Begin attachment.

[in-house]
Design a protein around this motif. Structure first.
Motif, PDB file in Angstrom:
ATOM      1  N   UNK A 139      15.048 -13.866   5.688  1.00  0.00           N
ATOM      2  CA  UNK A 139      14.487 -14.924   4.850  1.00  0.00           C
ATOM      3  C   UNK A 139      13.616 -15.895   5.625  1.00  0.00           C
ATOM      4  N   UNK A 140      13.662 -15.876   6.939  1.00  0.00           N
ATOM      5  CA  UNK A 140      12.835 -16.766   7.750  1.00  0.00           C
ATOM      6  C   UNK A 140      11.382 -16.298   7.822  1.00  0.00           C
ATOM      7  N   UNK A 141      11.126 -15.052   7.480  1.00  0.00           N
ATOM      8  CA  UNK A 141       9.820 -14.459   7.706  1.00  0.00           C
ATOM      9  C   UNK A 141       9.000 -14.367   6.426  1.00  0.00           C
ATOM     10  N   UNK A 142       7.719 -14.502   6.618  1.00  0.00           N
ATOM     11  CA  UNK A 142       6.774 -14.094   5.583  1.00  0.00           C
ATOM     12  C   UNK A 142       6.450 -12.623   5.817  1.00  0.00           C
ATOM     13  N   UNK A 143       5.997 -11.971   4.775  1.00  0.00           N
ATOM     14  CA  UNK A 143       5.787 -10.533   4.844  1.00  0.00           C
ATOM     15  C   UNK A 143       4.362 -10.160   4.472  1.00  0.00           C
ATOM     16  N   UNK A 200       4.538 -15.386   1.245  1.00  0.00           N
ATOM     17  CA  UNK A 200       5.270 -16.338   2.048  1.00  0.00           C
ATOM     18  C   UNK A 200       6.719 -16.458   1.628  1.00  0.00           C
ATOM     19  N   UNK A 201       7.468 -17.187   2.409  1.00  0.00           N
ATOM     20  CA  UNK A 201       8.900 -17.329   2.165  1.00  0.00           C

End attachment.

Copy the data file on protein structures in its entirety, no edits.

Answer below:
[in-house]
Design a protein around this motif. Structure first.
Motif, PDB file in Angstrom:
ATOM      1  N   UNK A 139      15.048 -13.866   5.688  1.00  0.00           N
ATOM      2  CA  UNK A 139      14.487 -14.924   4.850  1.00  0.00           C
ATOM      3  C   UNK A 139      13.616 -15.895   5.625  1.00  0.00           C
ATOM      4  N   UNK A 140      13.662 -15.876   6.939  1.00  0.00           N
ATOM      5  CA  UNK A 140      12.835 -16.766   7.750  1.00  0.00           C
ATOM      6  C   UNK A 140      11.382 -16.298   7.822  1.00  0.00           C
ATOM      7  N   UNK A 141      11.126 -15.052   7.480  1.00  0.00           N
ATOM      8  CA  UNK A 141       9.820 -14.459   7.706  1.00  0.00           C
ATOM      9  C   UNK A 141       9.000 -14.367   6.426  1.00  0.00           C
ATOM     10  N   UNK A 142       7.719 -14.502   6.618  1.00  0.00           N
ATOM     11  CA  UNK A 142       6.774 -14.094   5.583  1.00  0.00           C
ATOM     12  C   UNK A 142       6.450 -12.623   5.817  1.00  0.00           C
ATOM     13  N   UNK A 143       5.997 -11.971   4.775  1.00  0.00           N
ATOM     14  CA  UNK A 143       5.787 -10.533   4.844  1.00  0.00           C
ATOM     15  C   UNK A 143       4.362 -10.160   4.472  1.00  0.00           C
ATOM     16  N   UNK A 200       4.538 -15.386   1.245  1.00  0.00           N
ATOM     17  CA  UNK A 200       5.270 -16.338   2.048  1.00  0.00           C
ATOM     18  C   UNK A 200       6.719 -16.458   1.628  1.00  0.00           C
ATOM     19  N   UNK A 201       7.468 -17.187   2.409  1.00  0.00           N
ATOM     20  CA  UNK A 201       8.900 -17.329   2.165  1.00  0.00           C